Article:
The probation report recommended the trial court impose the upper terms, listing the following factors in aggravation: the crimes involved great violence, great bodily harm, and a high degree of cruelty; defendant had engaged in violent conduct showing he was a danger to society by virtue of both his 2003 assault prior and his 2005 false imprisonment prior; defendant's prior convictions were numerous and of increasing seriousness; defendant had served a prior prison term (for both assault and false imprisonment); and that defendant had performed unsatisfactorily when on probation and parole.

The prosecution sought the upper term, based on the degree of violence in this case, the sleeping victim's particular vulnerability, and defendant's prior serious and violent criminal history. The prosecution emphasized that "this Court should be particularly concerned with the 2003 [assault] felony which he ultimately went to prison on. That was perpetrated on against his own mother." Defense counsel argued for the middle term on the offense, based on defendant's subsequent remorse and the fact that he had acted only out of uncontrolled jealously; and sought the low term on the enhancement, as Conder had since recovered from her injuries.

The trial court selected the upper term of four years in prison for inflicting corporal injury, and imposed a consecutive upper term of five years for the great bodily injury enhancement, plus a consecutive one year for the prior prison term enhancement, for a total of 10 years in prison.

In imposing the upper terms, the trial court stated:

"The defendant's past record is one of violence and it start[s] with a [section] 242 battery back in 1997. Of concern is violation of Vehicle Code section 23153(b) indicating that someone was injured as a result of the defendant's driving under the influence, and in 2003 there is a, there is a felony conviction of a very--not the same offense but serious felony conduct in violation of [section] 245(a)(1) which resulted in a state prison commitment. And those factors in the Court's mind certainly aggravate the offense in this case the violation of [section] 273.5. And as mentioned by the district attorney this was a situation where there was such rage that the defendant had to be pulled off the victim two times by his [sic] own mother.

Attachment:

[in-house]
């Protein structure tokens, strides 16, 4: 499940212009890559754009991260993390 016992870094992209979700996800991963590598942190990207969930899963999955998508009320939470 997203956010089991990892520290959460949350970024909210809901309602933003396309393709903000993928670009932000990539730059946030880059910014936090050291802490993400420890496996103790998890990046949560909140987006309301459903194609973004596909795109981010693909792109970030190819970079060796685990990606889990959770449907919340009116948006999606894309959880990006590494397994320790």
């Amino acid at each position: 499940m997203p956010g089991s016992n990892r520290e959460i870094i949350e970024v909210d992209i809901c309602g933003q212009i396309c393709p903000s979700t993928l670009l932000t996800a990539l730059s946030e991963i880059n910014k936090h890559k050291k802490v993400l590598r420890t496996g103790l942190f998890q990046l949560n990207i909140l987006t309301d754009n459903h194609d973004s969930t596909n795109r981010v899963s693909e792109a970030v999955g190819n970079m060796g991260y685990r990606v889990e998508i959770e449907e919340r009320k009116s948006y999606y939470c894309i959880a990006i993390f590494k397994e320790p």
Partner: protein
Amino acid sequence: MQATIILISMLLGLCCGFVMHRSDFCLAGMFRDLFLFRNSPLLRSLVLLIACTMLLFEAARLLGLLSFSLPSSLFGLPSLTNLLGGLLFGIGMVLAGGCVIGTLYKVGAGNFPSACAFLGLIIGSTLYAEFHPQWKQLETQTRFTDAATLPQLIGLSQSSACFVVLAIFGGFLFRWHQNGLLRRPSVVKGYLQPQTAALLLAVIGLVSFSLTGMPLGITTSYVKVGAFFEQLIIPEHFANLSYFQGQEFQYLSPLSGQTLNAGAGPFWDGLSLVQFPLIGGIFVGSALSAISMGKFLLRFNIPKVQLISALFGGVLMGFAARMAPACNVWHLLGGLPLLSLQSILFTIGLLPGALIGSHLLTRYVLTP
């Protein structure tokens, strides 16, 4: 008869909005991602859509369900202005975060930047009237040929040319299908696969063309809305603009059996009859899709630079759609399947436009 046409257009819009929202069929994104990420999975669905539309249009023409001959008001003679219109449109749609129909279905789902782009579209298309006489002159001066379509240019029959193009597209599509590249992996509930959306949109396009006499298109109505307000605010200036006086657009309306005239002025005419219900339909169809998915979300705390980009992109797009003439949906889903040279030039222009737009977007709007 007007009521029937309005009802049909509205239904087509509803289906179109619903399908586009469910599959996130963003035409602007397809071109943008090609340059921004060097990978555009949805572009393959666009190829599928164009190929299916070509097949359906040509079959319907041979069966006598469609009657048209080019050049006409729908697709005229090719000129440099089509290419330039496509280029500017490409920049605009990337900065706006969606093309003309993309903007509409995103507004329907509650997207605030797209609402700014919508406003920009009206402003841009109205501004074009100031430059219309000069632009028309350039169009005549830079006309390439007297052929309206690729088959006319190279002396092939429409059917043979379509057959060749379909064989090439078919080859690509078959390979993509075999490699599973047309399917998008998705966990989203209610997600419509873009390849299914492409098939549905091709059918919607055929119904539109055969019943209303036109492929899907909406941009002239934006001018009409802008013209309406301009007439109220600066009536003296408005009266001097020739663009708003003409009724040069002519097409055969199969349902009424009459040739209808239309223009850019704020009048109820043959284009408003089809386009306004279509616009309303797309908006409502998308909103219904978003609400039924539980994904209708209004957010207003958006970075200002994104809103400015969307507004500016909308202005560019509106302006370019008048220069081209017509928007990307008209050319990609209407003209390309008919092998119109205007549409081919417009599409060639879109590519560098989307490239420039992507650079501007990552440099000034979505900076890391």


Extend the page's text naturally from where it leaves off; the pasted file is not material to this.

"If it can be argued that the defendant has shown some remorse today it's not of such weight I will consider it as a factor in mitigation but it is not of such weight that the Court would vary from the aggravated term.

"So on Count 1, violation of [section] 273.5 Court will sentence the defendant to the aggravated term of four years in state prison; as to the infliction of great bodily injury there was certainly the infliction of great bodily injury when the Court initially looked at the probation report we had the two broken ribs, we had the broken hand the fractured left maxillary cheekbone, it's not, it's not of that degree at this point however again there are just are no factors in mitigation that weigh in favor of the Court doing anything but sentencing the defendant to the aggravated term of five years. We have a course of conduct here that just seems to get more and more serious as we go along and defendant has a violation of parole for his last commitment to state prison. [¶] . . ."